“That all being said, if there is any chance that a client’s children would be going out of state for college, that makes this discussion even more important,” Featherstone wrote. “Just because the State of Washington is keeping tuition costs down, doesn’t mean that other states are looking at their costs the same way. It could be that tuition in-state goes up by 1% or 2% over the next several years (we know for the next couple they won’t go up at all), but that out of state tuition could and very likely will go up by a much higher percentage than that, which makes it even more important to try and keep up with out of state tuition inflation.

“As we all know, where our children go to school is a function of many things, cost being only one of them. Geography, student experience, quality of education are other factors that may weigh heavier for many parents.

“As the parent of a child with both a GET account and 529 account, I got the best of both worlds for a period of time. After 2010 it became very expensive to get in the GET program when factoring in the premium one had to pay for credits. Our advice over the last few years has been, and remains, to put your money in a 529 plan where you can potentially keep up with tuition rates nationally. Since 2009, when I bought credits for my son, it has been a decent investment, but going forward (he’s 13) I will be rolling the GET account to his 529 account. If he stays in-state and his 529 account continues to do well, he will be able to make that money go further. If he chooses to go out of state then hopefully we will have kept up with that state’s increases.”


Brad Berger

Certified financial planner, owner and managing partner of Cornerstone Financial Strategies of Tacoma, author of “Stop Trying to Keep Up with the Joneses: They’re Broke Anyway.”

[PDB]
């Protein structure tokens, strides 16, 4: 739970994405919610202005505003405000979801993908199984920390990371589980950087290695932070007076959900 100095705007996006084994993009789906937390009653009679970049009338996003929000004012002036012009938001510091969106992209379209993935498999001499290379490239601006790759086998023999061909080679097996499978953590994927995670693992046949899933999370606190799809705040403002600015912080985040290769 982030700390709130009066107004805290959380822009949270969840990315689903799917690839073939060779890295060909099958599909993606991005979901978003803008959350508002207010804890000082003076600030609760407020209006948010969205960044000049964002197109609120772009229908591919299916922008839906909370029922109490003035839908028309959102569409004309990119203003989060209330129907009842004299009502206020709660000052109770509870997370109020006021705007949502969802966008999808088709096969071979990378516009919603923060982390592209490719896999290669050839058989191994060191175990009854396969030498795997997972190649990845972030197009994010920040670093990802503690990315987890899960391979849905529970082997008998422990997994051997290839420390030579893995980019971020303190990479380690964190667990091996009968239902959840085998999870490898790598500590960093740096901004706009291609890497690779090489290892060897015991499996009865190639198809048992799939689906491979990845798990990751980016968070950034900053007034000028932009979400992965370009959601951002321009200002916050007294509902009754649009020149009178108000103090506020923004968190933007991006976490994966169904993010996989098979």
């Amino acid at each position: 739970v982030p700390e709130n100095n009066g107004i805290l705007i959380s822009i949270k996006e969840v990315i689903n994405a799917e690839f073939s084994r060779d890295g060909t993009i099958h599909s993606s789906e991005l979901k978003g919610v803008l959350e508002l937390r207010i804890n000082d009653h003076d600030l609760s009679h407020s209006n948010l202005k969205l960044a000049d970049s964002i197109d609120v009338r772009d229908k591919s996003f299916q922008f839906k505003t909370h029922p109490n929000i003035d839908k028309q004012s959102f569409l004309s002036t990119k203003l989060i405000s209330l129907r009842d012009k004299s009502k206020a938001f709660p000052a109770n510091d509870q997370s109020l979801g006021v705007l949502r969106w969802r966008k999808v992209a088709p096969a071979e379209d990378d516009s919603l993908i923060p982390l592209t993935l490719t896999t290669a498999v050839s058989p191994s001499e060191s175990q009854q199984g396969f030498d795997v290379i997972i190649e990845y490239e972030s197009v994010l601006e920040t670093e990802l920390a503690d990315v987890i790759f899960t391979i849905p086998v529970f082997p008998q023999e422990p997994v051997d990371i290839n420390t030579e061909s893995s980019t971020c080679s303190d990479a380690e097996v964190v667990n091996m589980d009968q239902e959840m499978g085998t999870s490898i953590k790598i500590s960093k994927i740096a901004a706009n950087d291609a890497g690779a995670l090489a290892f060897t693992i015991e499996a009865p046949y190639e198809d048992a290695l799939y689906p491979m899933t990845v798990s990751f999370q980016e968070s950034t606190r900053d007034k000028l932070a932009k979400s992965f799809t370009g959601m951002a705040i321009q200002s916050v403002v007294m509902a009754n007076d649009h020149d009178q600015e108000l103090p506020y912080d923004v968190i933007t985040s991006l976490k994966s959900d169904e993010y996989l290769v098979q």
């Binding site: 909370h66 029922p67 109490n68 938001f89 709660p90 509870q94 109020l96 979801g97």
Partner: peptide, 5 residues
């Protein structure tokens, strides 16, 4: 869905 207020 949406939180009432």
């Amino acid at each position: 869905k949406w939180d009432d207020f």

Berger was long a fan of the GET program and put his two oldest daughters through college with GET units he bought for $40 apiece. “I can honestly say, during the period I was in the plan, it was the best-performing asset in my portfolio,” he said. Berger said the plan stopped being a good deal after 2011, when the price per unit zoomed.

He suggests that account-holders with children in high school — who are one to three years from attending college — should remain in GET, provided they paid $117 or less for the units. “I would not recommend a client be in an equity portfolio for monies you need in a five-year span of time,” he said. “The market is too volatile.”

If an account-holder isn’t happy about making no money on GET – the payout is frozen at $117 a unit for the foreseeable future – his next advice is to roll the money into another state’s 529 plan, but pick an asset allocation that’s “incredibly conservative.”

“Most 529s are already incredibly conservative,” he added. “So how much can you gain? That game is already over.”

For account-holders whose children have a decade or so before college, Berger recommends taking the money out and putting it in another state’s 529 plan. The website Collegesavings.org does a good job of breaking down the different types of plans offered, he said.